So that was a problem that I think is also perpetuated by a gatekeeping that I have kind of experienced within membership, within people that want you to prove your ideals, prove that you’re not a neo-liberal. And it’s like well as a Black woman I’ve lived these issues too—like, this affects me every day. And so for me I think that we have to stay cognizant that not every person who joins DSA even knows who Marx is or Lenin. So I think that that is maybe a not so prevalent gatekeeping tactic but I’ve seen it and I know that it’s turned some people away and so the more that we can work on ourselves to make sure that we are accessible for everyone I think the stronger that we’re going to be as a collective.

You’ve spoken out in defense of protesters even when the protest has taken some deeply unpopular forms. As a result you receive death threats and harassment from people on the right and even people who are supposedly liberals and progressives. Where do you find the strength to keep going in the face of these threats and harassment?

I always pride myself in being a strong person, but when you’re getting hundreds and thousands of hate comments and death threats it gets to you and it scares you and terrifies you. And it dismays you more than anything that this is the state of our country and that no matter what values I bring to the table, no matter how articulate I am, or the policy that I work so hard to draft with constituents, some people are just going to see me as a Black Muslim woman and an immigrant who has no place here. And so the best way I deal with that is just looking at the larger picture, that there is definitely more goodness than there is evil in the world, and that my candidacy alone is historic, my voice isn’t supposed to be here, and that the best thing I can do is fight a little bit harder so that someone, when another DSA-er from a marginalized community decides to run they deal with a little bit less than what I did. So I draw strength and that hope that I have America can be better and nicer to people that are different, people that don’t fit the mold of an old rich white man.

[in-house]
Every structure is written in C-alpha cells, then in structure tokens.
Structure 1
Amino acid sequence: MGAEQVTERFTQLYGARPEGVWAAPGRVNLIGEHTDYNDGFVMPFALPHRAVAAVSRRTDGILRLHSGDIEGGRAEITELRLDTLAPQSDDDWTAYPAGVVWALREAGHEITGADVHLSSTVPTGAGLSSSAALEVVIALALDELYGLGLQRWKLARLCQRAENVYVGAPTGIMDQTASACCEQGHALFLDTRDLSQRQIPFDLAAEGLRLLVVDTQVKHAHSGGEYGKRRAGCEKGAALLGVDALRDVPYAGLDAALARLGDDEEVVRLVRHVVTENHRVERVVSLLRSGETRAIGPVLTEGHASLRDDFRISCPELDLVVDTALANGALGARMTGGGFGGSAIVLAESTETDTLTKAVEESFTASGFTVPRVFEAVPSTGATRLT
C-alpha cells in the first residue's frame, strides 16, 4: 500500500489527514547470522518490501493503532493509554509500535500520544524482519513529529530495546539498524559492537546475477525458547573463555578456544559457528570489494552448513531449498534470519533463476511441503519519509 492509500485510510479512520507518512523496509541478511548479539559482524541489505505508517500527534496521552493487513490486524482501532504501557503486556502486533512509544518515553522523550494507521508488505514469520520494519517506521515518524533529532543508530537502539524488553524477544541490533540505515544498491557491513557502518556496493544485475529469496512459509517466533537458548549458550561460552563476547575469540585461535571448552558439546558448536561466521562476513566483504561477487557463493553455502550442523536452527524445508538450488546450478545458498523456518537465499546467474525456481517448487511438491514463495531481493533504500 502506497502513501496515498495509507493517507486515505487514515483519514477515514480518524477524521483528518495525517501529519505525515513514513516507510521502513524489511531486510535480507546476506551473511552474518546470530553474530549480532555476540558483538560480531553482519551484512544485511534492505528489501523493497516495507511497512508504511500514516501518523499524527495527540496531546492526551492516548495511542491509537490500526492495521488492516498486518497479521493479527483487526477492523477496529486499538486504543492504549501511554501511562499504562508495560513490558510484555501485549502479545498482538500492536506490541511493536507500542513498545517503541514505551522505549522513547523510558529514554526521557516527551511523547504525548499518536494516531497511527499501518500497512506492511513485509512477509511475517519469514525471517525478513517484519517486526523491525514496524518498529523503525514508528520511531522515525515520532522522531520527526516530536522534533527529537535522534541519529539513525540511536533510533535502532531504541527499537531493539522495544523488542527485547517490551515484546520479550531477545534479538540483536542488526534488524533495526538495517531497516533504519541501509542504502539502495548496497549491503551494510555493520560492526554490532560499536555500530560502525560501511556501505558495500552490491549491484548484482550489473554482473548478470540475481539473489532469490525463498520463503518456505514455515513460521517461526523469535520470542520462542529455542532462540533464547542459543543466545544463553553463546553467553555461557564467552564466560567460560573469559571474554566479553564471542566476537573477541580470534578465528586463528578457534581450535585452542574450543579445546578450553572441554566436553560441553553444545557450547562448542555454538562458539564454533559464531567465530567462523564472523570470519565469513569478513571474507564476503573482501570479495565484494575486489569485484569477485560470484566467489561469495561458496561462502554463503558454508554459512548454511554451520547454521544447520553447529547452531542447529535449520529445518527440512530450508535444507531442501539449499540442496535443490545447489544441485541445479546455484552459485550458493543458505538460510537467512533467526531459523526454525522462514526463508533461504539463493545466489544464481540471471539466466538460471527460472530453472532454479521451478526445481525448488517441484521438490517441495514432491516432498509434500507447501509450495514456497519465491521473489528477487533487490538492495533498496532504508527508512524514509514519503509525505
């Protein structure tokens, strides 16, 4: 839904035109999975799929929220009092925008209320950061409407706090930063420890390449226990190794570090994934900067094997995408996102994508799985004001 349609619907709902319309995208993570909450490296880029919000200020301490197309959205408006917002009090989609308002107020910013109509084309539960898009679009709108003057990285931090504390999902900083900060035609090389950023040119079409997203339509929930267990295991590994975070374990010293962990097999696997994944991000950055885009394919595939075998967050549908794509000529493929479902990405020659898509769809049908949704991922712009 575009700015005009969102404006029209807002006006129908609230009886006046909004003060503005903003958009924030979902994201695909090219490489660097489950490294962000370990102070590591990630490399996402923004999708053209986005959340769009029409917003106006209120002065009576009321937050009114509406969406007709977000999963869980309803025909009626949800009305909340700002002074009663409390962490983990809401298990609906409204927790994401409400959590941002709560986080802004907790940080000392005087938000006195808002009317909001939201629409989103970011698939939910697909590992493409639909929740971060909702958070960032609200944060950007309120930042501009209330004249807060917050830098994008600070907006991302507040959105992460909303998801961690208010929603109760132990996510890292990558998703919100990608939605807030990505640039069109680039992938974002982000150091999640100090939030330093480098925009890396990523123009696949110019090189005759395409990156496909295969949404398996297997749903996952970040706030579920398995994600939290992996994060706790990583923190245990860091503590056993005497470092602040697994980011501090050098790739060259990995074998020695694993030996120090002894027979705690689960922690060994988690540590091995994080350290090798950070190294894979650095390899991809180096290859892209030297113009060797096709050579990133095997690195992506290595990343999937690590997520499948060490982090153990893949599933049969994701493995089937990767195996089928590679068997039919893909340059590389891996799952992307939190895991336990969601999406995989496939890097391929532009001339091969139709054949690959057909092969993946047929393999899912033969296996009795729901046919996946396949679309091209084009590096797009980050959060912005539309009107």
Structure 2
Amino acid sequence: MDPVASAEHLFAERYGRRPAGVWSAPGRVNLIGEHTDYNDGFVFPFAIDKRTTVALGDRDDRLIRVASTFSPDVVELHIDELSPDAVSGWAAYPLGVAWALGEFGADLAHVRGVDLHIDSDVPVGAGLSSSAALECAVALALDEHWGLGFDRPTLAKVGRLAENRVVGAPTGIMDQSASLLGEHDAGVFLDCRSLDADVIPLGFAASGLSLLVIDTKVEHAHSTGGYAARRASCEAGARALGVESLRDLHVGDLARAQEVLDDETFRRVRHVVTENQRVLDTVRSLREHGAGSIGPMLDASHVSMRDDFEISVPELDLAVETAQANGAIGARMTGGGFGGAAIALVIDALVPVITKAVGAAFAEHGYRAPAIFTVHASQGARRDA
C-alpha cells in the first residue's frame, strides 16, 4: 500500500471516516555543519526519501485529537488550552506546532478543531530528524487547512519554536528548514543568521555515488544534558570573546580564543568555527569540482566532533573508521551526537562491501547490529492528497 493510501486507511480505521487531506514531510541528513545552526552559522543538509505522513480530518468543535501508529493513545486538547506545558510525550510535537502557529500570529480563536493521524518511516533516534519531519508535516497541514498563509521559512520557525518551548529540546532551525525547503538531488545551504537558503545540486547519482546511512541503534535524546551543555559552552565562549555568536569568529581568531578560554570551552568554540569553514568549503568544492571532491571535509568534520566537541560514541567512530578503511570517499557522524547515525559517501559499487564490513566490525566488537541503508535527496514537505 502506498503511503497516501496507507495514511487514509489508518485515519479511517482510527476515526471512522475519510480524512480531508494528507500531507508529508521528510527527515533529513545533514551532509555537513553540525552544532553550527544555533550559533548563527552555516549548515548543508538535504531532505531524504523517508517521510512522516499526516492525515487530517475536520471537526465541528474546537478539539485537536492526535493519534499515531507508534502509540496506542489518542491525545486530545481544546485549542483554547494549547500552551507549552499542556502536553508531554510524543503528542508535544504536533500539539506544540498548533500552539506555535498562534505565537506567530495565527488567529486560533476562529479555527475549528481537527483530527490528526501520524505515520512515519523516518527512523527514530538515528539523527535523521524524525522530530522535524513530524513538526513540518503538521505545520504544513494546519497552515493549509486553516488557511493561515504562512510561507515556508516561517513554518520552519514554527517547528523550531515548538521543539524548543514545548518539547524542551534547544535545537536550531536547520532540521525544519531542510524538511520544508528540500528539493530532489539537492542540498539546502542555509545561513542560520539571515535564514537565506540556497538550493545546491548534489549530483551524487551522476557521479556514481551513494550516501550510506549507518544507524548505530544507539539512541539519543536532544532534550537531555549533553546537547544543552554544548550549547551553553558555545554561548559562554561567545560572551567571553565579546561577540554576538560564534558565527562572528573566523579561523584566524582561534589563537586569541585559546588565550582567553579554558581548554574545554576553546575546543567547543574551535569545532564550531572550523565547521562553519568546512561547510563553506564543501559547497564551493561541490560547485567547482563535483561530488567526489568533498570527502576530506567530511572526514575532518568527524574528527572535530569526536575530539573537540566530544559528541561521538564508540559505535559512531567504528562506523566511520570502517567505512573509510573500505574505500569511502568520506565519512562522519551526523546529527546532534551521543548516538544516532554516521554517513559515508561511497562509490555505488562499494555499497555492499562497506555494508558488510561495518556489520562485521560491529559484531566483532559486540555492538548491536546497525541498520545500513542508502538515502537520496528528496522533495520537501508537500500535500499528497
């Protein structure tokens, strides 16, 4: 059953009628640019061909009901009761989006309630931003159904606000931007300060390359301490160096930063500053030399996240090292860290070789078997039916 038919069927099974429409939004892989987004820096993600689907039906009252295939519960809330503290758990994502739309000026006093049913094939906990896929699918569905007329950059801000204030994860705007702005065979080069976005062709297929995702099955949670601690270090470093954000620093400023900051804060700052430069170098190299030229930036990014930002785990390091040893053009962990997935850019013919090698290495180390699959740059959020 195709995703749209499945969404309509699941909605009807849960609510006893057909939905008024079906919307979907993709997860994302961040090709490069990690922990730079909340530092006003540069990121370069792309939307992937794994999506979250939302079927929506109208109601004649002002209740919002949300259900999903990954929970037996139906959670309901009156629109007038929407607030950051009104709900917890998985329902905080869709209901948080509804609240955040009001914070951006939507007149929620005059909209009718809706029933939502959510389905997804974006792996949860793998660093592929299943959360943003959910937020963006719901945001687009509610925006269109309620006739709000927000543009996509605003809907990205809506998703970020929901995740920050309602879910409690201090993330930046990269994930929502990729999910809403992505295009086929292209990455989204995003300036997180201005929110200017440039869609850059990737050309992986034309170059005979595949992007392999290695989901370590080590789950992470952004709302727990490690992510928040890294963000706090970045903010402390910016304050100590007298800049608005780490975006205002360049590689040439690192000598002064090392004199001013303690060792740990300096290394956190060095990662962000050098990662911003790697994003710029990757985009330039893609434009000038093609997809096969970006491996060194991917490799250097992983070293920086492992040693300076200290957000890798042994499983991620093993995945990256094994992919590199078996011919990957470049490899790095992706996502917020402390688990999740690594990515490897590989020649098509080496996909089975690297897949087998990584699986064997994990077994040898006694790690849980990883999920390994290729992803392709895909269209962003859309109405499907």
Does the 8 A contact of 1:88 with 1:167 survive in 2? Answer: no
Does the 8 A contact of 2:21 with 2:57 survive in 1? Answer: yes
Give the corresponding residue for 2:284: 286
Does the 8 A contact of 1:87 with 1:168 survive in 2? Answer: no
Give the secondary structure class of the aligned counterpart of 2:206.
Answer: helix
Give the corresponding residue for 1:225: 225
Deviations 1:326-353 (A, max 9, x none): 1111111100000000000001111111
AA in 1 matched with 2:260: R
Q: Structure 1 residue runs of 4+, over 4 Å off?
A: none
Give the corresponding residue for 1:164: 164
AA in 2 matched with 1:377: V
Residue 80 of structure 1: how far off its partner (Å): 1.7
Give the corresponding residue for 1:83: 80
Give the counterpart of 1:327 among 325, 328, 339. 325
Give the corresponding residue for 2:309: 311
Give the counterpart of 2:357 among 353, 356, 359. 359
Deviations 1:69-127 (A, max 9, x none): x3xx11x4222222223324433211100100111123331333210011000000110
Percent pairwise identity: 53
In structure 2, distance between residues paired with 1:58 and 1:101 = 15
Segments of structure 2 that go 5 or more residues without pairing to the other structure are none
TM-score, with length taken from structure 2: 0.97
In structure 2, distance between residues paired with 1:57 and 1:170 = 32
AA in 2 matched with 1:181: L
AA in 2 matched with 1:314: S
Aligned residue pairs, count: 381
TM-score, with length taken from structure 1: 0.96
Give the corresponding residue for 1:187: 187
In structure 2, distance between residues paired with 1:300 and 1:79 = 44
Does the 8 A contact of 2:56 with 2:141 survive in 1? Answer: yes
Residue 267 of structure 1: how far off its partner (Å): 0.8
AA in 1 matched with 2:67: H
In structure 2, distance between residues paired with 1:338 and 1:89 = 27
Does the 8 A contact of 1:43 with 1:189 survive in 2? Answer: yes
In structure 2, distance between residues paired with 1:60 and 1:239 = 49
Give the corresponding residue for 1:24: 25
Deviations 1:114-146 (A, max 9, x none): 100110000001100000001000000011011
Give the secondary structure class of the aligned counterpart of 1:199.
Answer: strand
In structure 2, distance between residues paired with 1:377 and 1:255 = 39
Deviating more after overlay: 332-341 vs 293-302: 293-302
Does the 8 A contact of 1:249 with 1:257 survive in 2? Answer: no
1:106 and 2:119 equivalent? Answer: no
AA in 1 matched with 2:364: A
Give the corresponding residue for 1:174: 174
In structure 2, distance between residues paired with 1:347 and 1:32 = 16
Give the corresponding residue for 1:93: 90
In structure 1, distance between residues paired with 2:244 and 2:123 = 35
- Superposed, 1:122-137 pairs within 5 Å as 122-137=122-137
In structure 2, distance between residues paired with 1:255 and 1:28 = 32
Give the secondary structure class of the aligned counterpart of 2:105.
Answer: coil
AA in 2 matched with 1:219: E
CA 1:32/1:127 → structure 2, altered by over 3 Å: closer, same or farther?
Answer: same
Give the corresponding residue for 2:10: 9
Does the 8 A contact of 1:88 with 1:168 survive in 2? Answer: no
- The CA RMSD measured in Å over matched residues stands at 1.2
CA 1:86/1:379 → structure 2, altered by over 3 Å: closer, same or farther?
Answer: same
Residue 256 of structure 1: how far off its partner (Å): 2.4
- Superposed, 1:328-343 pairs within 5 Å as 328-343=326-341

“Every piece of hate that you see floating around there’s equal if not more love floating, as well. Maybe that’s naive but it’s definitely made this a little bit easier to bear.”

I also have to get off social media for a little bit, even though it’s really hard to do so. But I remember when I got that horrible voicemail I posted on Twitter about 15 minutes later an older white man sent me the most lovely message that was like, “you’re the best of America and we are proud to have you among us.” Every piece of hate that you see floating around there’s equal if not more love floating, as well. Maybe that’s naive but it’s definitely made this a little bit easier to bear.

Do you want to talk about Joe Biden at all?

I do. I think it’s crazy to me that we have come to a place where we have two choices presented in front of us and both have accusations—credible accusations—of sexual assault. And so for me that is incredibly discouraging of where we are, where the democratic party is. And so it pushes me harder to run for office in order to be a voice for people that don’t feel strong enough to speak out against Biden. So I’m gonna tell everyone to vote but I’m not gonna tell a survivor that they need to cast their vote for someone with credible sexual assault allegations. So it keeps me in a very interesting place, and I think in a place a lot of Americans find themselves. But the only thing we can do is really hope that this is the last time this happens.

What’s been one of the more difficult or challenging aspects of deciding to run?

There was a gatekeeping that I experienced in the capital that gave me impostor syndrome for like two minutes. It’s hard, when you see a capital that does not look like you at all, to think “oh I can get here and make a change” or that my voice will be heard. And so really humbling myself, getting to know Madison, made me certain that those gatekeeping tactics, that imposter syndrome, was not something I could worry about. That there were bigger things that we had to solve that went beyond just me and the individual and whoever else runs in these races. It’s about progression as a whole, and how we each are responsible towards contributing to it.